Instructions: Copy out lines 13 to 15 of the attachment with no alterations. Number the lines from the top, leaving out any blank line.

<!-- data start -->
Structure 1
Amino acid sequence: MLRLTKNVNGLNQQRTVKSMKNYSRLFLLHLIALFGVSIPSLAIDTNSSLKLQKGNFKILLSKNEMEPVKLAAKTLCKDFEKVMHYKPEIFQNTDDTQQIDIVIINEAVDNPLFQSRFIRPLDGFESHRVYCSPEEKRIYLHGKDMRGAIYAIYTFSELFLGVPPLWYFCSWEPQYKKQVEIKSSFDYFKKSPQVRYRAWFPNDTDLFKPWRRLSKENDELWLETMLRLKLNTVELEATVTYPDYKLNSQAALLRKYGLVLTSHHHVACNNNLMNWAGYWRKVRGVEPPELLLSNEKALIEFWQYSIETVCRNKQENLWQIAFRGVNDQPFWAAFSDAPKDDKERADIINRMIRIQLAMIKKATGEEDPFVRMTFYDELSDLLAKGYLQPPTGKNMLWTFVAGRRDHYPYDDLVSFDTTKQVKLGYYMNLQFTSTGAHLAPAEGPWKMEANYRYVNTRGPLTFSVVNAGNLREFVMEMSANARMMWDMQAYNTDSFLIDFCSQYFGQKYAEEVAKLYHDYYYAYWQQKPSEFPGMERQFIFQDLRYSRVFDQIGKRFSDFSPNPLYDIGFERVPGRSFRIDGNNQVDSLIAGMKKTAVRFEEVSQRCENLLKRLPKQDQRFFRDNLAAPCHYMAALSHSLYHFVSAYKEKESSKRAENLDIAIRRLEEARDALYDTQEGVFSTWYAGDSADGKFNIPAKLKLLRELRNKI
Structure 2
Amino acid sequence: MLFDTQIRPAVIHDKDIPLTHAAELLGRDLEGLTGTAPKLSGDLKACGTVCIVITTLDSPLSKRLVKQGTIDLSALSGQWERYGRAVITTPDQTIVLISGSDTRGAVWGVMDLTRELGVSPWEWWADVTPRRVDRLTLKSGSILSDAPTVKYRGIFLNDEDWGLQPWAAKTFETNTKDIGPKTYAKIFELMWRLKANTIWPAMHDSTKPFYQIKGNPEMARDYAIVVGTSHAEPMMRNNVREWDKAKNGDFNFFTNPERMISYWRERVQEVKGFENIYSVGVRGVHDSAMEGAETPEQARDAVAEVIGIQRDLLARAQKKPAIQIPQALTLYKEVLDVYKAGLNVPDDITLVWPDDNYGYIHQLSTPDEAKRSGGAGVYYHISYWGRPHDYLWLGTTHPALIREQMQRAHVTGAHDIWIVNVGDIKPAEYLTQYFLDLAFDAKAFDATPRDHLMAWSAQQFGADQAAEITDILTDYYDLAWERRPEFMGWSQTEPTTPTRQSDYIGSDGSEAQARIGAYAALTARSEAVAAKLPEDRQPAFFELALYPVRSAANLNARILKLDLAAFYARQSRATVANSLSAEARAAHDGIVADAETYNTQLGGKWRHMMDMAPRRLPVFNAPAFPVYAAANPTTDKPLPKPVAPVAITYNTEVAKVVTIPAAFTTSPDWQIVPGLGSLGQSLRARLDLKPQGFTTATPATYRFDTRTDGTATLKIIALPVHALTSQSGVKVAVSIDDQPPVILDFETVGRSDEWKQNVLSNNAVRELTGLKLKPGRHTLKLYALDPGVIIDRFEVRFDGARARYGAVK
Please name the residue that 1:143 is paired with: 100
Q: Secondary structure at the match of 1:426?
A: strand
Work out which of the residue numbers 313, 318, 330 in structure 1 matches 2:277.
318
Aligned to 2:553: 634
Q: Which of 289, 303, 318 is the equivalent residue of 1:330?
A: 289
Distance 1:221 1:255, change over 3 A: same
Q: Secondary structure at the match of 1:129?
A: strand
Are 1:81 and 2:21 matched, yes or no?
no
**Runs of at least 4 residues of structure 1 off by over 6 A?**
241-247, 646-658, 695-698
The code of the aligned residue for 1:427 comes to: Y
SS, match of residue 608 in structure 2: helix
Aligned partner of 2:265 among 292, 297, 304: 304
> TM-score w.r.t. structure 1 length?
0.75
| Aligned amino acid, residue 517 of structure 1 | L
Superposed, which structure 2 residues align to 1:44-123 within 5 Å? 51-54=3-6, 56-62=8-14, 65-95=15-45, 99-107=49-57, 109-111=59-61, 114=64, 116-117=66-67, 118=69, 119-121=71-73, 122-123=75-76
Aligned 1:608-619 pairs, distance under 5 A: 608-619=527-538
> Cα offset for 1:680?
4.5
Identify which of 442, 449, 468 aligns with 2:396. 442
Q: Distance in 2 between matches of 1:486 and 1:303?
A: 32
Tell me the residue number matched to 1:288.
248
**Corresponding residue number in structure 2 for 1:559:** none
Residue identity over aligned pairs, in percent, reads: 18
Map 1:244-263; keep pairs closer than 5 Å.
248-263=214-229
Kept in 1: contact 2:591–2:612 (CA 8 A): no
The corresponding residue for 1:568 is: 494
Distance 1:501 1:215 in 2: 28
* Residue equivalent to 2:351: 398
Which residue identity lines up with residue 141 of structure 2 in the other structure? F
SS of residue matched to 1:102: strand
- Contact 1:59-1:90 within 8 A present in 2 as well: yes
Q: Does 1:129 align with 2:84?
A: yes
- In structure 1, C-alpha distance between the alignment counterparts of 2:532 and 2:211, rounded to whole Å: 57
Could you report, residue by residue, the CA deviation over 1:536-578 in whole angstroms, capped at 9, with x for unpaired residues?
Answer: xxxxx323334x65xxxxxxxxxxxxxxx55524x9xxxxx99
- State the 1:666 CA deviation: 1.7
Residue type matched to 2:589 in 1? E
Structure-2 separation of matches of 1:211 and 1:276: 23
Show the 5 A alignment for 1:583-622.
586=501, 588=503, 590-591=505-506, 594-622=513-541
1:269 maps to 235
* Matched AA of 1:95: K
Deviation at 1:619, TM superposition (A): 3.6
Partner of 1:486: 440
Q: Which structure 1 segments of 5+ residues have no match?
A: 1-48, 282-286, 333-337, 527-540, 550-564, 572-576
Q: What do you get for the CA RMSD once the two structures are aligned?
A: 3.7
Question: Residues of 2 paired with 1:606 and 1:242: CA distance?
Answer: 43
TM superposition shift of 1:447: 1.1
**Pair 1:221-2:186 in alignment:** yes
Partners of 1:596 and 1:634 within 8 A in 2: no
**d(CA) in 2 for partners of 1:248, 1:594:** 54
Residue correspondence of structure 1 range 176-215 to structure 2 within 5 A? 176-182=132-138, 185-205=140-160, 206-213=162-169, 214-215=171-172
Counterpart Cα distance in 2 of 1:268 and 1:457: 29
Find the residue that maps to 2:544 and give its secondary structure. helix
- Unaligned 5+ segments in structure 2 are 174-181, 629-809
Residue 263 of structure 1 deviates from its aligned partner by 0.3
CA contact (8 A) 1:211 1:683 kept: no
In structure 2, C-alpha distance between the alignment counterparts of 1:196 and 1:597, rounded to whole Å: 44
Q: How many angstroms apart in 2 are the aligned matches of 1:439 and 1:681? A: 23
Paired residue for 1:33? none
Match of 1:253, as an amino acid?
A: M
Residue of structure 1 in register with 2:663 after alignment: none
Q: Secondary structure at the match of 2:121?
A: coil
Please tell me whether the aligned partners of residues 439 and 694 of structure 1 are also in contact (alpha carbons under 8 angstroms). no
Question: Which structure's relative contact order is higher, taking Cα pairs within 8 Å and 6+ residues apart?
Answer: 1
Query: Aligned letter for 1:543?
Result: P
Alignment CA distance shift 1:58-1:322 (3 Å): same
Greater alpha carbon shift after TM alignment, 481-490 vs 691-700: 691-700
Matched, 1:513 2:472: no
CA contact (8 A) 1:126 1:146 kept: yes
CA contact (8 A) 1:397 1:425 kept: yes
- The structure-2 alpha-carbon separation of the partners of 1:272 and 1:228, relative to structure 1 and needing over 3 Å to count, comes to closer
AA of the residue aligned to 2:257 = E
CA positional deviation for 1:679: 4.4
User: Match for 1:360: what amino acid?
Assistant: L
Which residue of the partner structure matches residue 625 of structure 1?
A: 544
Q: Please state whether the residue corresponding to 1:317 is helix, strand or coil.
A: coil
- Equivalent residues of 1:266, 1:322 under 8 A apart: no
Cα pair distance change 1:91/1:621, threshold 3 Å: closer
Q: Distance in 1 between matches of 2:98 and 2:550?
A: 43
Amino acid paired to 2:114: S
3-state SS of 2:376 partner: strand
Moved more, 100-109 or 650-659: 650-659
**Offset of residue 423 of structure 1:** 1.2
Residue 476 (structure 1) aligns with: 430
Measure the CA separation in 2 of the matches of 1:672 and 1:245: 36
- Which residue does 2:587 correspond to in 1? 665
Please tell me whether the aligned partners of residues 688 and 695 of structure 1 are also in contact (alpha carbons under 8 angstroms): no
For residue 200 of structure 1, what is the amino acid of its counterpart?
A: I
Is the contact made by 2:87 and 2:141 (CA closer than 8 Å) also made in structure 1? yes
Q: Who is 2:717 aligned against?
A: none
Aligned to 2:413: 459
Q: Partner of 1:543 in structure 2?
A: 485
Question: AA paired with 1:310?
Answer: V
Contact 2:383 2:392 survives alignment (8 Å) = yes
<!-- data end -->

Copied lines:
Distance 1:221 1:255, change over 3 A: same
Q: Secondary structure at the match of 1:129?
A: strand